Krishna, M., Jauhari, A., Lepping, P., Turner, J., Crossley, D., & Krishnamoorthy, A. (2011). Is group psychotherapy effective in older adults with depression? A systematic review. International Journal of Geriatric Psychiatry, 26(4), 331–340. doi:10.1002/gps.2546 Group Therapy in Older Adults Essay Sample.

Is Group Psychotherapy Effective in Older Adults with Depression? A Systematic Review by Krishna, M.; Jauhari, A.; Lepping, P.; Turner, J.; Crossley, D.; Krishnamoorthy, A., in International Journal of Geriatric Psychiatry, Vol. 26/Issue 4. Copyright 2011 by John Wiley & Sons, Ltd. Reprinted by permission of John Wiley & Sons, Ltd. via the Copyright Clearance Center.

Rice, A. (2015). Common therapeutic factors in bereavement groups. Death Studies, 39(3), 165–172. doi:10.1080/07481187.2014.946627

Note: Retrieved from Walden Library databases.

Wang, C., Tzeng, D., & Chung, W. (2014). The effect of early group psychotherapy on depressive symptoms and quality of life among residents of an apartment building for seniors. Psychogeriatrics: The Official Journal of the Japanese Psychogeriatric Society, 14(1), 38–46. doi:10.1111/psyg.12037

Note: Retrieved from Walden Library databases.

Watkins, R., Cheston, R., Jones, K., & Gilliard, J. (2006). \’Coming out\’ with Alzheimer\’s disease: Changes in awareness during a psychotherapy group for people with dementia. Aging & Mental Health, 10(2), 166–176. doi:10.1080/13607860500312209

Note: Retrieved from Walden Library databases Group Therapy in Older Adults Essay Sample.
Week 10 Discussion: Group Therapy with Older Adults

Reflection on Practicum Experiences with Older Adults

For practicum experiences with older adults in group therapy settings, sometimes there were some challenges like minor cognitive changes for some group members and hence it would become difficult to conduct the therapy for all group members since the recovery rate of members was different. Some older adults without any cognitive complaints would undergo the therapy sessions faster and systematically when compared to older adults cognitive challenges. Sometimes the sessions would be interrupted and this seemed to negatively impact those without cognitive changes because they felt like they were being dragged behind. This would also lead to some participants would be more dominant than others. Moreover, in some cases the cognitive problems such as memory loss would hinder the older adults from grasping the already taught skills and learning conducted during the previous sessions Group Therapy in Older Adults Essay Sample.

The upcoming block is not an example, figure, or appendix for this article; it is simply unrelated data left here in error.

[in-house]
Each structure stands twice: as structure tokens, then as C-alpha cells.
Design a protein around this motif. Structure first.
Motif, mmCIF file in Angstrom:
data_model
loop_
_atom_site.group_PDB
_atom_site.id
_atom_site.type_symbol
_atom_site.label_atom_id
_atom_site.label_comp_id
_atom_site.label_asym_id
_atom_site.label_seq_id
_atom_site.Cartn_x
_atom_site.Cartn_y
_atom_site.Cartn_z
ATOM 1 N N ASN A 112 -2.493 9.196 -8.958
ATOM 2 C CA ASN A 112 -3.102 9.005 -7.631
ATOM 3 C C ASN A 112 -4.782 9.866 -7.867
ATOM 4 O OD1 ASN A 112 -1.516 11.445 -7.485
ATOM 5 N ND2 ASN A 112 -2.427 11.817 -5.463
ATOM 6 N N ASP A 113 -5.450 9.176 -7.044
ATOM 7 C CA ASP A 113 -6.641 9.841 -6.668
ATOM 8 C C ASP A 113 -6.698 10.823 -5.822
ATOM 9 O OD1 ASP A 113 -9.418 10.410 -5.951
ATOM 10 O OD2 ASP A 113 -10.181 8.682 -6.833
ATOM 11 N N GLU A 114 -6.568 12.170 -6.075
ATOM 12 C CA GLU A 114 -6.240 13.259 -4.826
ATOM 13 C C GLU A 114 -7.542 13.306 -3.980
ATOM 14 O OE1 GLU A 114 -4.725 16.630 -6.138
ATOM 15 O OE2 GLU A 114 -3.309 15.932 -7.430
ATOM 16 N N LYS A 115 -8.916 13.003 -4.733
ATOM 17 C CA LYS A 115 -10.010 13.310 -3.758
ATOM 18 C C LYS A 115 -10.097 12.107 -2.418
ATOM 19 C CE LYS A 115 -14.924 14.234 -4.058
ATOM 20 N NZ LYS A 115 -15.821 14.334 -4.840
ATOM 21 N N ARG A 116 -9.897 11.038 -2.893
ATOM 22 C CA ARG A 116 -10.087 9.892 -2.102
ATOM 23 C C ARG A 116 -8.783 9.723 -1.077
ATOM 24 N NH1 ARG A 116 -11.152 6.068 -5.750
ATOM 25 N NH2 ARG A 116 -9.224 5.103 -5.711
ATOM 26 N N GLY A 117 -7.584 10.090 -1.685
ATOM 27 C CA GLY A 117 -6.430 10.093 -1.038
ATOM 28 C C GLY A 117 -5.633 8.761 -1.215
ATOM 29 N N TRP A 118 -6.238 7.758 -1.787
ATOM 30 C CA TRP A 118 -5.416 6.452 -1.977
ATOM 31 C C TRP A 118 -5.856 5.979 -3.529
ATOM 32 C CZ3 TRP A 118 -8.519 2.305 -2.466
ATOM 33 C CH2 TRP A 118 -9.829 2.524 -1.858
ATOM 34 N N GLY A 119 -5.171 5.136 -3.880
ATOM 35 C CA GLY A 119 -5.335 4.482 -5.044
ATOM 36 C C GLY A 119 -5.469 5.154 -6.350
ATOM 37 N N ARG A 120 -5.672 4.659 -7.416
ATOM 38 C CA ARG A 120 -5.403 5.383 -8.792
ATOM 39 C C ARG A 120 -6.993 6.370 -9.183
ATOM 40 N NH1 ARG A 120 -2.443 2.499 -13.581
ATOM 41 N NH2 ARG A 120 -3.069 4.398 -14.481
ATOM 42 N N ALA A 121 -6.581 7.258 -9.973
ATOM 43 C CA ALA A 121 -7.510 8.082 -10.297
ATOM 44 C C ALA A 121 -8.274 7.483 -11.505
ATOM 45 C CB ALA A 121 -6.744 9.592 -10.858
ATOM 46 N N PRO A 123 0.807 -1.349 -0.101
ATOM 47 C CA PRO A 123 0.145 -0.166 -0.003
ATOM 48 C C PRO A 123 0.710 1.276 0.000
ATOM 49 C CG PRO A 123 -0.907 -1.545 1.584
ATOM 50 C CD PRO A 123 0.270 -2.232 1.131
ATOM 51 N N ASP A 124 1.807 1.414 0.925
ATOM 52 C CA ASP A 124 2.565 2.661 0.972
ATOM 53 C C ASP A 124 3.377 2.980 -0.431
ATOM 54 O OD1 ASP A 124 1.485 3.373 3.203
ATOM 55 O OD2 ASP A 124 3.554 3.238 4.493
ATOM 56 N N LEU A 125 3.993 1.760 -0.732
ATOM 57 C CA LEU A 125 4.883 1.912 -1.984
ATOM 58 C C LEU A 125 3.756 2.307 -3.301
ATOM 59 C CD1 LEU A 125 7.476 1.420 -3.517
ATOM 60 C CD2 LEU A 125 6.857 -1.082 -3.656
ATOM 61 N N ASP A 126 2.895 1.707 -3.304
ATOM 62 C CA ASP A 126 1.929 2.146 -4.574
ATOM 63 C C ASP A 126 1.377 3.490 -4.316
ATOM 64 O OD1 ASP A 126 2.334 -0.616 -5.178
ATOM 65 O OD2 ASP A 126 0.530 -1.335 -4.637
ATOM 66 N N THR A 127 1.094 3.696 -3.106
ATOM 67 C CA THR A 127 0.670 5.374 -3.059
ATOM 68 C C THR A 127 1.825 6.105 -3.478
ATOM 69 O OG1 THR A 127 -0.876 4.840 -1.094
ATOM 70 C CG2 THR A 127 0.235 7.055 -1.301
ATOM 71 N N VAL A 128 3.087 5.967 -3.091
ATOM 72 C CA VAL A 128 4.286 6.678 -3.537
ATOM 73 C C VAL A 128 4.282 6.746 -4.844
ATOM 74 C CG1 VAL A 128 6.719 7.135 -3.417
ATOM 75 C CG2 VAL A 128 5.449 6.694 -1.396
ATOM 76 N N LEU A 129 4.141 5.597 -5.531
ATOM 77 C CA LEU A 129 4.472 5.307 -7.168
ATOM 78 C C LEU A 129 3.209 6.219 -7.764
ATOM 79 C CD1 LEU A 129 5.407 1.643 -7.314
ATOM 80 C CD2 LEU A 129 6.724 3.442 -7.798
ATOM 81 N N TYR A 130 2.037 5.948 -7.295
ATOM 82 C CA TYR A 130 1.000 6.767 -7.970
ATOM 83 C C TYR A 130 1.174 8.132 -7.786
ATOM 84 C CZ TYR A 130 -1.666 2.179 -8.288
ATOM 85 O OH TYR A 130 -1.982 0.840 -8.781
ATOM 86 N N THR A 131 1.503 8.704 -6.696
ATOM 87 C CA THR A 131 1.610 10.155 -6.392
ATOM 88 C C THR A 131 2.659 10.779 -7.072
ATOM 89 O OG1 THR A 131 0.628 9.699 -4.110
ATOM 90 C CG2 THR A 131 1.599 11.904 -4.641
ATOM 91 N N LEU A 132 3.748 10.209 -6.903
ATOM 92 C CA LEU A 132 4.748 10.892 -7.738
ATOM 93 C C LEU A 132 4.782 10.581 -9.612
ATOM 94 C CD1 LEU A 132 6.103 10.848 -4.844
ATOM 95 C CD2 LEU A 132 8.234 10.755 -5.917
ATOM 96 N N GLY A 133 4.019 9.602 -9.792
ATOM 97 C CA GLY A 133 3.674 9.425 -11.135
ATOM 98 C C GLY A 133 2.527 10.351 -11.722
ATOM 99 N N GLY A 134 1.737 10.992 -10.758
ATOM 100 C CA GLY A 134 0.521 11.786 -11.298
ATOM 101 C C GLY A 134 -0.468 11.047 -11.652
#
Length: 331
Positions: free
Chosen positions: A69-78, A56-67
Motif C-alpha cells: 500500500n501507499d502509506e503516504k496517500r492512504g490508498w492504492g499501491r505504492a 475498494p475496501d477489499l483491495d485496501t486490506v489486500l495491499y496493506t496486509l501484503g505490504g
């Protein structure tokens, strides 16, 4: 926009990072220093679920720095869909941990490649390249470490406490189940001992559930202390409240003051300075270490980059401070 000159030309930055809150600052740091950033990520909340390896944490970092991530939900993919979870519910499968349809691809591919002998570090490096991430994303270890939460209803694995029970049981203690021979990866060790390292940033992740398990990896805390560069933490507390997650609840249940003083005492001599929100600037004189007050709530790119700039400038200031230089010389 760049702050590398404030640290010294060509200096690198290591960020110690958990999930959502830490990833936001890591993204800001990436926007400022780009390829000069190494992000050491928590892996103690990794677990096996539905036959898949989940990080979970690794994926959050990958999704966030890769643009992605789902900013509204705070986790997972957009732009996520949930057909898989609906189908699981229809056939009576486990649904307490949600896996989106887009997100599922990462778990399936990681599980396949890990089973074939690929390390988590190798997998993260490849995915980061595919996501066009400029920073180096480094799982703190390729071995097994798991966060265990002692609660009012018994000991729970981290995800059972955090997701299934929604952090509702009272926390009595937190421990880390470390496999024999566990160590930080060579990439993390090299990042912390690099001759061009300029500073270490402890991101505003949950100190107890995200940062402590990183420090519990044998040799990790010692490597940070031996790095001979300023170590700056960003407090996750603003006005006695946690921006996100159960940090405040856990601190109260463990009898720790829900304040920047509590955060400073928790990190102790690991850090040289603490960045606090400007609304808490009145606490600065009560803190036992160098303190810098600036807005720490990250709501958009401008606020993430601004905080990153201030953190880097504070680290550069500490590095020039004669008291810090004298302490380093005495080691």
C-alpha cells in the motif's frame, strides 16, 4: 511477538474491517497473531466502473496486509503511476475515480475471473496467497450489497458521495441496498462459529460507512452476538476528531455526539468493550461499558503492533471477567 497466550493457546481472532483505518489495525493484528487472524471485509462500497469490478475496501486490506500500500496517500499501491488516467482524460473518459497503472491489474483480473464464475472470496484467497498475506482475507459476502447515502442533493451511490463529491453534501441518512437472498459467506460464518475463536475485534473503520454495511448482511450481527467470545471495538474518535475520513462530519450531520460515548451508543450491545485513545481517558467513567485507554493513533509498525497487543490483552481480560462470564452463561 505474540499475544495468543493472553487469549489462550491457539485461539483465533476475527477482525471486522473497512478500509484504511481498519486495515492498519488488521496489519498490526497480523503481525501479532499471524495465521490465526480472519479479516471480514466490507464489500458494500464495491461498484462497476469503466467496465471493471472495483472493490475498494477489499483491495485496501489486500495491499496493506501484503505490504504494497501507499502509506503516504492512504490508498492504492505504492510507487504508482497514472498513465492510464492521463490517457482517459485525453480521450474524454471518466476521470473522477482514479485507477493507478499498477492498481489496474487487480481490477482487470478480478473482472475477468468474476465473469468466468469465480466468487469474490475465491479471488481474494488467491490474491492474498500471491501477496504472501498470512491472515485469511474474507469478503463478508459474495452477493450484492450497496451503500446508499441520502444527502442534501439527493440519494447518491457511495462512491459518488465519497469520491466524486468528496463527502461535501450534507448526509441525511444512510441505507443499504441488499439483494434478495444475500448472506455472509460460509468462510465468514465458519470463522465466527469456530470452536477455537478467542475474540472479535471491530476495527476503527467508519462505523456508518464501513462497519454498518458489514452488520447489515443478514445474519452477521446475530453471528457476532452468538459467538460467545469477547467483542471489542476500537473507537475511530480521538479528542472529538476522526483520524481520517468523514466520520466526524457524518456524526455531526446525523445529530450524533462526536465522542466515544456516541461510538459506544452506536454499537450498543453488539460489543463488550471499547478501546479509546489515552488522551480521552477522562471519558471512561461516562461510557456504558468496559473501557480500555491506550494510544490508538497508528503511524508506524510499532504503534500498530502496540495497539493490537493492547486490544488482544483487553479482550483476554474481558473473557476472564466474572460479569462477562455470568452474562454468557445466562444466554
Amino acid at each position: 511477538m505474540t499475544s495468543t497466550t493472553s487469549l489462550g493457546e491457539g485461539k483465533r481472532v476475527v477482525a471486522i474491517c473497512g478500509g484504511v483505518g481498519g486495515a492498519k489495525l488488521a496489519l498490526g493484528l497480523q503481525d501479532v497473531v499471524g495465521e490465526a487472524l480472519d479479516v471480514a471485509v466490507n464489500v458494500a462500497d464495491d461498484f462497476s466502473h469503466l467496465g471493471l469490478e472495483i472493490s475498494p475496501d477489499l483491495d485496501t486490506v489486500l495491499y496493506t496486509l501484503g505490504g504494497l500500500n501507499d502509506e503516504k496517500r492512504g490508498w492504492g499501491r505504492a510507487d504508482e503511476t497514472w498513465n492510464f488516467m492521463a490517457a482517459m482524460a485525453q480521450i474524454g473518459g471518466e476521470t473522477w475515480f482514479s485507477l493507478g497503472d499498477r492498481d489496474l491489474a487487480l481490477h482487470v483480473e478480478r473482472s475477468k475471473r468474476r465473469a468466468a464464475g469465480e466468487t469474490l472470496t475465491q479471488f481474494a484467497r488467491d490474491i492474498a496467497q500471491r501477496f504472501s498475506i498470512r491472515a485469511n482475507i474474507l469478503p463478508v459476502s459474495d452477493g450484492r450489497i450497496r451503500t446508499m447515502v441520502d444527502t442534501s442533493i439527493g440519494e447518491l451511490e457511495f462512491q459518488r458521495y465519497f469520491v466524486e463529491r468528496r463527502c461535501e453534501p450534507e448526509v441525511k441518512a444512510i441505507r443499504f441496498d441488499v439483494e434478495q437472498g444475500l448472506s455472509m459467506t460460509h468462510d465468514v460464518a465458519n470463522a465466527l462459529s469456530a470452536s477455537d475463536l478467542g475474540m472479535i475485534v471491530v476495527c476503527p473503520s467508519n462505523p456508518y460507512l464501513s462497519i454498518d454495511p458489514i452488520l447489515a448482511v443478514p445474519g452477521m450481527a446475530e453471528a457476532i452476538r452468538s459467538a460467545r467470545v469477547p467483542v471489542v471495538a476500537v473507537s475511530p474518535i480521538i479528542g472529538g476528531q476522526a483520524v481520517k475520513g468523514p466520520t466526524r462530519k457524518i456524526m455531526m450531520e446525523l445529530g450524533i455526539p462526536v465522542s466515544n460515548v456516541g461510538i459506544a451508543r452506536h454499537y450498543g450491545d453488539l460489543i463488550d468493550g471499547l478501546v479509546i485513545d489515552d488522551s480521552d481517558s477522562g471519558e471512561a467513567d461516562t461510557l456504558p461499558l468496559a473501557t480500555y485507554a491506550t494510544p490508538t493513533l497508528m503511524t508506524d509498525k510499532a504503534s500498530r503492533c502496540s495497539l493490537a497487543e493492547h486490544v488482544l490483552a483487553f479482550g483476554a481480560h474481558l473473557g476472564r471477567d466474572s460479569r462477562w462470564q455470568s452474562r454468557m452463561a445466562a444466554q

Additionally, during group therapy, some older adults would tend to be secretive and were not comfortable in opening up in front of other group members. For instance, during self-introductions, some group members would appear relaxed and voluntarily provide the information. However, when told to talk about their experiences, some would become formal and superficial while some appeared reluctant to participate in further discussions. As Krishna et al (2013)provide, most older adults have difficulty in sharing their feelings with other people.